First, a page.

I listened to your fugue once, but I have to admit that at 20 mins long, it was hard to digest; I will likely need multiple listens in order to have a better grasp of it.

Thanks for listening to Exuberance. It's one of my better works IMO, and I'm quite proud of it, and regularly listen to it myself. And yes, there are some pianisms in it that are rather un-fugue-like. If I were to transcribe it for a different instrument, I'd probably write those passages differently. Somebody did a quick organ rendition of it before, and those parts didn't work so well.

As for prior art for sonata-fugues, another one that comes to mind besides the examples you mention is Saint-Saens' 2nd symphony, the 1st mvmt of which is entirely a fugue, besides the short introductory passage.  I am quite interested in hybrid forms (e.g. Liszt's B minor sonata); and have dreamed of writing an entire symphony in fugal form.  It will probably require quite a bit of stretching of the definition. :-D  But in theory, one could take a sufficiently-rich subject and transform it into 3-4 different (but still recognizable) forms, and thereby create a structure that's roughly similar to the classical 3/4-movement symphony, but integrated throughout with fugal treatment into one united whole, like Sibelius' 7th.  Probably a bit too ambitious for me, I think, but one can dream! :-)

Thanks for the link to Gregorio's fugues - so far I've listened to the C Minor Fugue (4 voices) and Chimera. I enjoyed both immensely and will have to give them more listens. I imagine he posted the scores here at some point, but considering that these were written several years ago, it would probably be pretty hard to find those old threads now. Maybe I'll try later.

The reason I didn't mention the Saint-Saens is that I'm not familiar with it, but I will look it up later on. Another symphonic example I didn't mention is the two fugues in the last movement of Nielsen's 5th symphony that occur one right after the other, with very different characters. But that movement is certainly not anything like a conventional sonata form, so maybe it's not really an example of what we are talking about.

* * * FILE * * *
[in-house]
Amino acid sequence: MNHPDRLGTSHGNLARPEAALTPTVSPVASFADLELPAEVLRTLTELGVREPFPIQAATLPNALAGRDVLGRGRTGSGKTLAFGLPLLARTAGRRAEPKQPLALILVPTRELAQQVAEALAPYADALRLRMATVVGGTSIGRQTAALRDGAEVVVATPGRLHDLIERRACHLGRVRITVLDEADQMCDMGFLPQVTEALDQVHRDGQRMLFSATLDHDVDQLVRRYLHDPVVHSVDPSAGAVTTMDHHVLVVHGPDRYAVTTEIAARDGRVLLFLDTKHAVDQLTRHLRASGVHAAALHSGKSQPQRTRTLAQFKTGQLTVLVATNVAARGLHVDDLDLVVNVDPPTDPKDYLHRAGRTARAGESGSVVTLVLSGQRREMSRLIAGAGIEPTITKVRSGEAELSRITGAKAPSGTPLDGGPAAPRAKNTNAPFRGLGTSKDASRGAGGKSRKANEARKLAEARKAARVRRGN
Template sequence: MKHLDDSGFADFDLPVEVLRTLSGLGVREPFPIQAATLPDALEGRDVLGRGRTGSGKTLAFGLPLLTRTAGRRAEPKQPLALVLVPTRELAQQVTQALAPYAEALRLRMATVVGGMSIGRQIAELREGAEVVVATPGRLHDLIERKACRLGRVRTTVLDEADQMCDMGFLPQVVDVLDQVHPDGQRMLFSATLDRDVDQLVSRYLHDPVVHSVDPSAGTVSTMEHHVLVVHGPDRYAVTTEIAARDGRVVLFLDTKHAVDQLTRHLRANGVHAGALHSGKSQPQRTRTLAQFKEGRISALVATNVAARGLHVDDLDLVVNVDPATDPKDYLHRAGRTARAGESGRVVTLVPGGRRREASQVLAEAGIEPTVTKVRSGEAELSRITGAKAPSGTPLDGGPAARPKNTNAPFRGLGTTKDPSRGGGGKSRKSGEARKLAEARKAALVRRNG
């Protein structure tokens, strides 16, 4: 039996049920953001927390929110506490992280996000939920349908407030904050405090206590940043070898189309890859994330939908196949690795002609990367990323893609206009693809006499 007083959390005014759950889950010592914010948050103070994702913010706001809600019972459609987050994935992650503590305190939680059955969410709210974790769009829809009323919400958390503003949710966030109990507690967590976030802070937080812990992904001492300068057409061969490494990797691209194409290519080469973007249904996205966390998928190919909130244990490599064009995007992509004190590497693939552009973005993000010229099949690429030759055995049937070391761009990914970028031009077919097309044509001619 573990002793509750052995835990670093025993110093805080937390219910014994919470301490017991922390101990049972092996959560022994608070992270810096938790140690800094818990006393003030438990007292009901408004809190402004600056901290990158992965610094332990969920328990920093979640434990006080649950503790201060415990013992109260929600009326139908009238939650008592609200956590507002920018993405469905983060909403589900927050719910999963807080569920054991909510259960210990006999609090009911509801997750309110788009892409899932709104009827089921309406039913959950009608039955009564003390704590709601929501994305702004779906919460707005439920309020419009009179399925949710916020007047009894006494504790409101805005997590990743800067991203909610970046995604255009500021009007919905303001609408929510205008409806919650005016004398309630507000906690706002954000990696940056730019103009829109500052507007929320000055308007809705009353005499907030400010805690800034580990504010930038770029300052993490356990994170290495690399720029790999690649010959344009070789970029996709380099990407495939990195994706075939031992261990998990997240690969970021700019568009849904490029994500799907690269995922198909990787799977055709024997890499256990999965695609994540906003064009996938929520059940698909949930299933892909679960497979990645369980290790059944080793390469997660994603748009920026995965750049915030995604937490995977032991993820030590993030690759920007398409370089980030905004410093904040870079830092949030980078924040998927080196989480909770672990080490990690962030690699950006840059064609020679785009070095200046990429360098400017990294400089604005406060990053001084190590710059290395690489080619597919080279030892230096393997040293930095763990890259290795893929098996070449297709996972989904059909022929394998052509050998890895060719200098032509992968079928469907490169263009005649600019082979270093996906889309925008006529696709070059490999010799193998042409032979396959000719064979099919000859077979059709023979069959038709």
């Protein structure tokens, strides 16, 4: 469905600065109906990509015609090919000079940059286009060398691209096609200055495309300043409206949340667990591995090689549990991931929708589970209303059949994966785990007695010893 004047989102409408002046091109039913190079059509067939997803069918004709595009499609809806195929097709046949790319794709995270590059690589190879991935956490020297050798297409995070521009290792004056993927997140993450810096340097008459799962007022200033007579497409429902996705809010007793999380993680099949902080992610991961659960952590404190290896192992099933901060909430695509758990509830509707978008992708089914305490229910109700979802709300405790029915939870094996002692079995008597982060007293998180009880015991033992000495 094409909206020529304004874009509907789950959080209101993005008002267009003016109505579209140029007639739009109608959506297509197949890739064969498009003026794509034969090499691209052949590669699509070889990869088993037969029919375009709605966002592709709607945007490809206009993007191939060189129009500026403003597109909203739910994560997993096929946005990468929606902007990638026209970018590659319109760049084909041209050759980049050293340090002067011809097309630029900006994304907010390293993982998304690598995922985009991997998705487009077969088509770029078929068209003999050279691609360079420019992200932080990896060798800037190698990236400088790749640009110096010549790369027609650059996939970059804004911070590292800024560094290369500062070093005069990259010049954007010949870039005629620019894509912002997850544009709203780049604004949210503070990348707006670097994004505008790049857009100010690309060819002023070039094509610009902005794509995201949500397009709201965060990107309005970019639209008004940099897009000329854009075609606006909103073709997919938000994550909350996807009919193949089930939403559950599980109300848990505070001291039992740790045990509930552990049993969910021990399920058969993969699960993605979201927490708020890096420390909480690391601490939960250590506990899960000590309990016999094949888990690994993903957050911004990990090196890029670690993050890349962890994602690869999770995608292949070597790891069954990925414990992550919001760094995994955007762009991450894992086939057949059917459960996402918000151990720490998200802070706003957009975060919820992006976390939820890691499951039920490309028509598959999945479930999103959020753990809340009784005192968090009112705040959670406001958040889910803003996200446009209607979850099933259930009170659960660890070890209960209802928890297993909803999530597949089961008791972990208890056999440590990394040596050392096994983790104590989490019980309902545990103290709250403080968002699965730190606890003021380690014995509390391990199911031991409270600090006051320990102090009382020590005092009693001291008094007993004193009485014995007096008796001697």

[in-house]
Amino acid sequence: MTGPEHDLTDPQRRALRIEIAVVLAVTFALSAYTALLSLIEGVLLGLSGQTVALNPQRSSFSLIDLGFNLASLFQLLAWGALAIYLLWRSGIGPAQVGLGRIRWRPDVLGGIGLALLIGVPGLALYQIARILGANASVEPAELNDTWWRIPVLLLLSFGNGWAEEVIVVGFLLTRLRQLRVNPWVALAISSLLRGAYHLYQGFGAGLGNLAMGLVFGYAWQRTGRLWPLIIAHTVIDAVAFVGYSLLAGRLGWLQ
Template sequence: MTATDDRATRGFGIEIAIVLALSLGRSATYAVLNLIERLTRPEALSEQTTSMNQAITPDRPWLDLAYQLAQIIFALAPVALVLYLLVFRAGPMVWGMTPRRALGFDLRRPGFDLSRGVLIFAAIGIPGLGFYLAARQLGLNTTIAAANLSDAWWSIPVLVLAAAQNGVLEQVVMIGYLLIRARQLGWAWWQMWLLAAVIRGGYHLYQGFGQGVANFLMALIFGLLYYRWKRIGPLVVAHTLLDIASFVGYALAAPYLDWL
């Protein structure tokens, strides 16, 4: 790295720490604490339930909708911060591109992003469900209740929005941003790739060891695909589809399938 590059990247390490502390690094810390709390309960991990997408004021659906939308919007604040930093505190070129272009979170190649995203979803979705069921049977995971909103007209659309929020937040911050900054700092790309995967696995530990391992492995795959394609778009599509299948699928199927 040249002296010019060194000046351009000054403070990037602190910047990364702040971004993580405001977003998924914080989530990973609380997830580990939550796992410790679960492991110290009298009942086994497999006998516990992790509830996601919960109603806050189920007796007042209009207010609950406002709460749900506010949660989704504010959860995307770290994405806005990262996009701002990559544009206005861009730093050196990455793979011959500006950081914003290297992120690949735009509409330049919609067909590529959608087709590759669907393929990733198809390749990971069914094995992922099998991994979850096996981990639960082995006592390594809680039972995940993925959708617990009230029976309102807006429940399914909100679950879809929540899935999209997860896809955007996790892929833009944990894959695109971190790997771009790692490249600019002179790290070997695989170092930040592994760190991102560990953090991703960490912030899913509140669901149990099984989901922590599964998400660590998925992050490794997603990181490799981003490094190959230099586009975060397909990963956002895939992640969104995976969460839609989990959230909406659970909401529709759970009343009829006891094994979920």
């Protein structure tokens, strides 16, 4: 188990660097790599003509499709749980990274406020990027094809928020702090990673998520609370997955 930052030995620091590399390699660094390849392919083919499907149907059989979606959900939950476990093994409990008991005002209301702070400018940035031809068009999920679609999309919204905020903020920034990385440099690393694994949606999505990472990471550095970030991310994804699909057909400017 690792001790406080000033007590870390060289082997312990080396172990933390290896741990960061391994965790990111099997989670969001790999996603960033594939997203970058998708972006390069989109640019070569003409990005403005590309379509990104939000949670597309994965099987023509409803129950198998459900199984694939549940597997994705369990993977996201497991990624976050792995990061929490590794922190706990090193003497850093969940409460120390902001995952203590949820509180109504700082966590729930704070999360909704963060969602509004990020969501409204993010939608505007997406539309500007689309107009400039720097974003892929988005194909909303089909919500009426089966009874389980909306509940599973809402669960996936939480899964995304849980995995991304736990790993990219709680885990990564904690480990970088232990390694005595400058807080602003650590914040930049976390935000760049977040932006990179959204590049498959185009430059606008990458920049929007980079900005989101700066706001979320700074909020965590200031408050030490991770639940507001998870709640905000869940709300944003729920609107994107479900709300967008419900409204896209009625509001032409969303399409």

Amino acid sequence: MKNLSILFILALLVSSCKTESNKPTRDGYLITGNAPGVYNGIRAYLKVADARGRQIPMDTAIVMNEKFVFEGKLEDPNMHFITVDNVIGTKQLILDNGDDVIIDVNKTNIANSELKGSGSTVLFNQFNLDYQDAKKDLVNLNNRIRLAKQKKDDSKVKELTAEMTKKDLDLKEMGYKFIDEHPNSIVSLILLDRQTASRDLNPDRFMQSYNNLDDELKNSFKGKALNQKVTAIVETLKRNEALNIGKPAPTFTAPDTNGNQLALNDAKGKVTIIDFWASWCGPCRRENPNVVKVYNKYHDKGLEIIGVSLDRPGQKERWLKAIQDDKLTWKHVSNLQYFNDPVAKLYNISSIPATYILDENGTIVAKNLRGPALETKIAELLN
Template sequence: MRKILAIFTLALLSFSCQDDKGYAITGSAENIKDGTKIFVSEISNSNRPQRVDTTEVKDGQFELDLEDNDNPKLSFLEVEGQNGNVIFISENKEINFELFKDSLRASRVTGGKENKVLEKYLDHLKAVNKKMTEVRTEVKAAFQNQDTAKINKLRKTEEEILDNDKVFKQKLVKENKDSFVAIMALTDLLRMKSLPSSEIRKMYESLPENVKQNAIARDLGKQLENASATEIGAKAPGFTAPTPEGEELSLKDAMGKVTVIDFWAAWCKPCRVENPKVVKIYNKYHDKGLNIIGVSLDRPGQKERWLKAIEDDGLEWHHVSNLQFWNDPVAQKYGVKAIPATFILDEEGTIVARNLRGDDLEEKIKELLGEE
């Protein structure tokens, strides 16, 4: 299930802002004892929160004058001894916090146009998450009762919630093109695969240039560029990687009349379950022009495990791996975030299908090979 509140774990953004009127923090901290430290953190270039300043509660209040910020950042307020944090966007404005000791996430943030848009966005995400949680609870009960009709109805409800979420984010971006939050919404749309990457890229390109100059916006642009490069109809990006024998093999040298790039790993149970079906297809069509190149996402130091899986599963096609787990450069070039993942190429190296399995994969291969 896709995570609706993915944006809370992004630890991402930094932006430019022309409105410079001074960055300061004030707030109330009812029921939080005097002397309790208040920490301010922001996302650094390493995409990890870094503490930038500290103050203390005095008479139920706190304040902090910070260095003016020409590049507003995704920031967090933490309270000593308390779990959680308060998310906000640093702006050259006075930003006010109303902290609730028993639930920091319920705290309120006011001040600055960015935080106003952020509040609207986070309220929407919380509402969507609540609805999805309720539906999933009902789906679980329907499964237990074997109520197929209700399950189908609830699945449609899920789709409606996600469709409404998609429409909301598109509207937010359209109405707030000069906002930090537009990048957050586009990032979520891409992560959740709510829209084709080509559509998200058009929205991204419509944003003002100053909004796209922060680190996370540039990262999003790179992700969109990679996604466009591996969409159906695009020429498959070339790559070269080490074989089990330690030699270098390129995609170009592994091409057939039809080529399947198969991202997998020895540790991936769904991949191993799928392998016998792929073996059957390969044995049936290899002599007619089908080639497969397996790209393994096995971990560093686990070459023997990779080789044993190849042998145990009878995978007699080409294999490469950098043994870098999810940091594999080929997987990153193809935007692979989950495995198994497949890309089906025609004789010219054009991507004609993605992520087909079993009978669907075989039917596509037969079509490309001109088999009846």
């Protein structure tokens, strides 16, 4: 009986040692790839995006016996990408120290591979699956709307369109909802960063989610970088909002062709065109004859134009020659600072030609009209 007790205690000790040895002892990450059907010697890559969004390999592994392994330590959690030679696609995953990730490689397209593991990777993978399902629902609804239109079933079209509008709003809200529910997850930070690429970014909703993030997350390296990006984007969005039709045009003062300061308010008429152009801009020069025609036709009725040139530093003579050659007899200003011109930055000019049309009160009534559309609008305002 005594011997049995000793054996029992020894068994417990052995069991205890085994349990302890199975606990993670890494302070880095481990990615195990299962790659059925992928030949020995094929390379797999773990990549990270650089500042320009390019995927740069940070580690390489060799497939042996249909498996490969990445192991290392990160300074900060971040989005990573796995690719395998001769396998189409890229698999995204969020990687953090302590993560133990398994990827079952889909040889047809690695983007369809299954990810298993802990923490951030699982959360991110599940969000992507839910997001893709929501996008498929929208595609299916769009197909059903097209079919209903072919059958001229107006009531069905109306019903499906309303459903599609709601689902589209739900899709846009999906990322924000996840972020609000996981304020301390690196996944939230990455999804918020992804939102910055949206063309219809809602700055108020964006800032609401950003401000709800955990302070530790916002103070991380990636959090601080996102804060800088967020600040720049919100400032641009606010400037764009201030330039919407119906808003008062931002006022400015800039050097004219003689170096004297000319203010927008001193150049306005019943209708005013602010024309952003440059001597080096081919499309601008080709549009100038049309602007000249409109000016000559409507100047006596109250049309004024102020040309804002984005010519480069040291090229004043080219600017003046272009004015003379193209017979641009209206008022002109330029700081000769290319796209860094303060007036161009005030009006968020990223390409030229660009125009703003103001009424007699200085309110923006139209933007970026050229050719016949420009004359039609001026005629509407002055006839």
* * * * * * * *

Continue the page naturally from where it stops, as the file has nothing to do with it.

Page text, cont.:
BTW, thanks for listening to my Fugal Variations. If you have a chance to listen to it again, you might find that it's something along the lines of what you are thinking of, a multi-sectional structure: overall in very rough sonata form, constructed from a fugue subject. The model, though, wasn't Sibelius's 7th but Nielsen's Commotio - but using "model" in the very loosest sense. And since you called it a fugue again, I need to reiterate that it is NOT a fugue - I gave up on the idea of writing a single fugue early on. I suppose it could be viewed as containing 3 fugues, one for each of the expositions, but not without stretching the definition of what a fugue is. For example, the Exposition and Variation I together form a sort-of fugue that culminates in a stretto. But most of Variation I is not fugal at all. And Variations II and III together form another sort-of fugue based on an inversion of the original subject (with the intervals modified). But between them comes the cutesy-sardonic Episode III that isn't remotely fugal, and Variation III gives way to the non-fugal Episode IV and Variation IV, the latter a development of ideas from Variations II and III. Only Variation V was really intended to be a fugue - it's marked Fuga in the score - and it deviates so much from fugal technique - over extended lengths of time - that I think it's again just a polyphonic fantasia that uses fugal texture as a device, and not a true fugue. Okay, the coda begins with a stretto - again, just a nod to traditional fugal writing. The rest of the coda isn't fugal either.